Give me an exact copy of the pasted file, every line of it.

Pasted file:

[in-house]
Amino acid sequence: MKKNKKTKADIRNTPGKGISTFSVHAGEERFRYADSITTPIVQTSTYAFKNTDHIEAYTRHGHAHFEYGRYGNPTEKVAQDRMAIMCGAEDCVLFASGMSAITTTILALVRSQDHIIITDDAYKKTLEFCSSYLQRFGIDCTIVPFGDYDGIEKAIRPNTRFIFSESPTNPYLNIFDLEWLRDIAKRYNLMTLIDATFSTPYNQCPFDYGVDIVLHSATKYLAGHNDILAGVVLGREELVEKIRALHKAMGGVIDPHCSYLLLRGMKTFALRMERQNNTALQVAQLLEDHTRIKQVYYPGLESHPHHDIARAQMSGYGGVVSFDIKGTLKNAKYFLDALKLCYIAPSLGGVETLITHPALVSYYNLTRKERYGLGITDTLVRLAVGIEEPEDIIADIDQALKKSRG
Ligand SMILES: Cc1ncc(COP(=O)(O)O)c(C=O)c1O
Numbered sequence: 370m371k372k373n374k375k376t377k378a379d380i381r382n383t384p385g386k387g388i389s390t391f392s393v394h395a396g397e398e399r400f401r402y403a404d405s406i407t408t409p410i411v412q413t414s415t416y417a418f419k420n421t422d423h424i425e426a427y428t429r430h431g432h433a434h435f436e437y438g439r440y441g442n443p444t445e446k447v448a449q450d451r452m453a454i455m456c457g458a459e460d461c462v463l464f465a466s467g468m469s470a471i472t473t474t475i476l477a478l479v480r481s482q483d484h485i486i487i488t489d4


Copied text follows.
[in-house]
Amino acid sequence: MKKNKKTKADIRNTPGKGISTFSVHAGEERFRYADSITTPIVQTSTYAFKNTDHIEAYTRHGHAHFEYGRYGNPTEKVAQDRMAIMCGAEDCVLFASGMSAITTTILALVRSQDHIIITDDAYKKTLEFCSSYLQRFGIDCTIVPFGDYDGIEKAIRPNTRFIFSESPTNPYLNIFDLEWLRDIAKRYNLMTLIDATFSTPYNQCPFDYGVDIVLHSATKYLAGHNDILAGVVLGREELVEKIRALHKAMGGVIDPHCSYLLLRGMKTFALRMERQNNTALQVAQLLEDHTRIKQVYYPGLESHPHHDIARAQMSGYGGVVSFDIKGTLKNAKYFLDALKLCYIAPSLGGVETLITHPALVSYYNLTRKERYGLGITDTLVRLAVGIEEPEDIIADIDQALKKSRG
Ligand SMILES: Cc1ncc(COP(=O)(O)O)c(C=O)c1O
Numbered sequence: 370m371k372k373n374k375k376t377k378a379d380i381r382n383t384p385g386k387g388i389s390t391f392s393v394h395a396g397e398e399r400f401r402y403a404d405s406i407t408t409p410i411v412q413t414s415t416y417a418f419k420n421t422d423h424i425e426a427y428t429r430h431g432h433a434h435f436e437y438g439r440y441g442n443p444t445e446k447v448a449q450d451r452m453a454i455m456c457g458a459e460d461c462v463l464f465a466s467g468m469s470a471i472t473t474t475i476l477a478l479v480r481s482q483d484h485i486i487i488t489d4